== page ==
Mexico's $49 billion, 14-year debt restructuring --

hailed last summer as the beginning of the second phase of the Latin American debt crisis -- finally was sent to its 500 bank lenders over the weekend, seven months after the deal was negotiated

The complicated package -- which covers more than half of Mexico's total foreign debts -- treats Mexico's debt burden as a long-term problem that can best be solved if repayment is stretched over a long period of time -- rather than renegotiated every year.

The Mexican package was used as a model by Venezuela and its bank negotiators when they reached a tentative agreement last September.

Brazil and its bank lenders were near agreement on a long-term debt package, but the talks were put on hold last month because Brazil has been cut off by the International Monetary Fund. The fund, the international financial rescue agency, took the action because Brazil has consistently exceeded inflation and money growth targets it agreed to reach in its pacts with the IMF. Brazil and the IMF are negotiating a new program now.

Mexico, which is in the last year of a three-year IMF program, also has failed to meet some of the IMF targets -- principally on inflation reduction and federal spending -- but Mexican Finance Minister Jesus Silva Herzog told bank lenders that Mexico and the IMF are near agreement for 1985. He said he expected a tentative pact to be initialed within a matter of days.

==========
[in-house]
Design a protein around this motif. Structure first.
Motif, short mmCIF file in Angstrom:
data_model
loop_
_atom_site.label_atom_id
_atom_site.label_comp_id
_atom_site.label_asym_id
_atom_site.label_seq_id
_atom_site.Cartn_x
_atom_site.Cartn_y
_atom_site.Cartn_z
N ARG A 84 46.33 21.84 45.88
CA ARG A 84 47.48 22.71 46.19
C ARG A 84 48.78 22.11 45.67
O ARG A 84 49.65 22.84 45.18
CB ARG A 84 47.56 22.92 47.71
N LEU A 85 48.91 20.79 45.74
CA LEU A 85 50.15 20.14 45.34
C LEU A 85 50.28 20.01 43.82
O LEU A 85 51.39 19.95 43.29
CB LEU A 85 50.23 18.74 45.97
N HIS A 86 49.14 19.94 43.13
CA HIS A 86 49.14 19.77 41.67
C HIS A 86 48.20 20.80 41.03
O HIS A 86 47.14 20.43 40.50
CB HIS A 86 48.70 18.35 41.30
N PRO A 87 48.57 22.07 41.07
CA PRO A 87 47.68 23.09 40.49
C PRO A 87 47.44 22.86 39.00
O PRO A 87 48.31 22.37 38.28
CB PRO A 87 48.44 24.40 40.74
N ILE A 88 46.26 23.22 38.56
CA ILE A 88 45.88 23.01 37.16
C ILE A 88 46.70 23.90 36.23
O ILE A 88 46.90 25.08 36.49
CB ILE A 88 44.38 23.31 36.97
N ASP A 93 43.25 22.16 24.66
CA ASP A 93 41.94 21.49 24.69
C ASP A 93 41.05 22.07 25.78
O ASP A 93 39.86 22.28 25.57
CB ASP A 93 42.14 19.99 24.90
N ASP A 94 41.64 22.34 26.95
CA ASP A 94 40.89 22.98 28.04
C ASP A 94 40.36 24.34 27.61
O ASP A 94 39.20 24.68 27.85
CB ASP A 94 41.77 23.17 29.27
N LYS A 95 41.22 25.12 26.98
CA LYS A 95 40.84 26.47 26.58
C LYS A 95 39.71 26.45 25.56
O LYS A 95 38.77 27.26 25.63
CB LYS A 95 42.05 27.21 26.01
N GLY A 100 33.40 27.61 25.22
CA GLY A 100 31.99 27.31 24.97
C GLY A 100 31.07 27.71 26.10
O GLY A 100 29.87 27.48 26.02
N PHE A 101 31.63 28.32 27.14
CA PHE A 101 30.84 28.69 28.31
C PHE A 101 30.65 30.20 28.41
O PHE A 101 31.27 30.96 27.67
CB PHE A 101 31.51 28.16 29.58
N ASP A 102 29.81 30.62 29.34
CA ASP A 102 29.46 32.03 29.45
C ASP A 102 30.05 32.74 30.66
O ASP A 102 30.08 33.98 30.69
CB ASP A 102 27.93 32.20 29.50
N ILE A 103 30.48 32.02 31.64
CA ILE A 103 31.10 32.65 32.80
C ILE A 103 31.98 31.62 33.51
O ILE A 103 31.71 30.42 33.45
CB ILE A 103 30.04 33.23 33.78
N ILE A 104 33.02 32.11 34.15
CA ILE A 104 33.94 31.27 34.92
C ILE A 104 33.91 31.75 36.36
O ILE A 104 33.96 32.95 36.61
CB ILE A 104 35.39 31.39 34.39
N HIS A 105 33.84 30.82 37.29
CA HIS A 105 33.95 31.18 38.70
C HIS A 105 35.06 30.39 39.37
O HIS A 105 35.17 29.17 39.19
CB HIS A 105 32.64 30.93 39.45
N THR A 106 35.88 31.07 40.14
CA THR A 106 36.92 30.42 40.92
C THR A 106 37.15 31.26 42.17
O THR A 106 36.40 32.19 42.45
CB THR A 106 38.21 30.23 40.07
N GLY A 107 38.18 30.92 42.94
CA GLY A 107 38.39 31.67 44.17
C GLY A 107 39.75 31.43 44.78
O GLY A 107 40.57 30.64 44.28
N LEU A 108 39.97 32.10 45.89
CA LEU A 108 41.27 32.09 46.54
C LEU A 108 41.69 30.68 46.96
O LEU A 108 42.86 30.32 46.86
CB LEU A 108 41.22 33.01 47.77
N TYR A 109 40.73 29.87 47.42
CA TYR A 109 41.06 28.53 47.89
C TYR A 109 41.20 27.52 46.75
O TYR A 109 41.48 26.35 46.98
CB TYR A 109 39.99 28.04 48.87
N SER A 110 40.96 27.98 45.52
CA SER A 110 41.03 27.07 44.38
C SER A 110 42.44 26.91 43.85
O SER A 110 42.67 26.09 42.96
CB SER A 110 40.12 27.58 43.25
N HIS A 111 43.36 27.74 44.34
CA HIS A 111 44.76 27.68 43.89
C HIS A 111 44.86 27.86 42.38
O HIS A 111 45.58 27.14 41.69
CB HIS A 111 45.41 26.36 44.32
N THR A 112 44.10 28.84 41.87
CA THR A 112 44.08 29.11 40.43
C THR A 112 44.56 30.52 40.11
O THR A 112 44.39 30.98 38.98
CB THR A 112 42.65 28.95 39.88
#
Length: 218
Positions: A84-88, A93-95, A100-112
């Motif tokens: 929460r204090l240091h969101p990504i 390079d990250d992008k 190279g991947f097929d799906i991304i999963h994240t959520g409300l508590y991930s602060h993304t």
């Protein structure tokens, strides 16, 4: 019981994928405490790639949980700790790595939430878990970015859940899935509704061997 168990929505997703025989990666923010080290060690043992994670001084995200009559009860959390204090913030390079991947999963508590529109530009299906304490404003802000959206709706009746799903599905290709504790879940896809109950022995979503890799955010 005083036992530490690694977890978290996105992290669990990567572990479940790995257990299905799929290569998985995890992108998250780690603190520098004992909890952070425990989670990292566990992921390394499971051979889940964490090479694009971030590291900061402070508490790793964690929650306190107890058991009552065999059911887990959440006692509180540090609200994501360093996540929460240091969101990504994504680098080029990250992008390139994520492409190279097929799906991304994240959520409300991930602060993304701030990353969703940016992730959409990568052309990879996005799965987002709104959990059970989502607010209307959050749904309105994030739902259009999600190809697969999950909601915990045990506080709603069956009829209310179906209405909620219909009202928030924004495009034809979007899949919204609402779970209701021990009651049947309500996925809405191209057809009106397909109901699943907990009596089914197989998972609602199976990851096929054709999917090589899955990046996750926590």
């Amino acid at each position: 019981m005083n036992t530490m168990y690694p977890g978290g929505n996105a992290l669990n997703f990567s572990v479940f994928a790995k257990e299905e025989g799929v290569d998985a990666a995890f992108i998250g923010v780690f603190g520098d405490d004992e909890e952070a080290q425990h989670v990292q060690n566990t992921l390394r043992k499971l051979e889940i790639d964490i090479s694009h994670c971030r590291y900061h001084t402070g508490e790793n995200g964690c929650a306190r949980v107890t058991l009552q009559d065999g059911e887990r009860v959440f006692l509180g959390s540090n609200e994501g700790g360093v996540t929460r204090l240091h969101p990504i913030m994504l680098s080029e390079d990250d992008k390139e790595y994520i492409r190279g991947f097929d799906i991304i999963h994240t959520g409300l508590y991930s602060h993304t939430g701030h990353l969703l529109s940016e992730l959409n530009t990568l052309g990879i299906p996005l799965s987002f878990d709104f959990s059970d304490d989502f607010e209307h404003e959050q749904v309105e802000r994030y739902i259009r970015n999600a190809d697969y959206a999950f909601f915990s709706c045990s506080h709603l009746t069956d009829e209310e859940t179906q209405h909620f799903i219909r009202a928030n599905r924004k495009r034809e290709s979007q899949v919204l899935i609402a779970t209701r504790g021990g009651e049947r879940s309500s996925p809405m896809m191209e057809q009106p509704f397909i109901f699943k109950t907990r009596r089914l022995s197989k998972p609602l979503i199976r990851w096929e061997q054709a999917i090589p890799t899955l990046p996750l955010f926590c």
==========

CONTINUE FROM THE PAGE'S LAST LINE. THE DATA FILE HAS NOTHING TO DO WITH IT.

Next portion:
He said the international agency's executive board is expected to approve Mexico's 1985 program in April. Banking sources said that Mexico's difficulties with the IMF are so minor that the banks have scheduled signing the $49 billion, multiyear bank package for March 29, before the IMF is expected to formally approve the 1985 program.

Unlike Brazil, where money growth and inflation have worsened in the last year -- and where a civilian government will replaced the military regime Friday -- Mexico continued to reduce inflation and spending, although not as fast as it agreed to do. In recent months, Mexico has accelerated the pace at which it devalues the peso and has made further budget cuts.

With the exception of Venezuela, which did not need to borrow new money, major debtor countries have followed economic policies acceptable to the IMF in return for receiving loans from the international agency. The banks have required an IMF imprimatur on debtor country economic programs before they will make new loans.

The bank agreement that went out over the weekend recognizes that after 1985, the IMF-Mexican agreement will expire. Mexico and the banks have agreed that the fund will continue to monitor Mexico's policies and that Mexico will follow policies recommended by the IMF.

Banking sources said that the Mexican loan package was more complicated than envisioned last summer and that it took seven months to work out all the required documentation. Banking sources said the most difficult part of the package to nail down in legal language was a provision that permits banks from outside the United States to switch some portion of their Mexican loans from dollars to other currencies.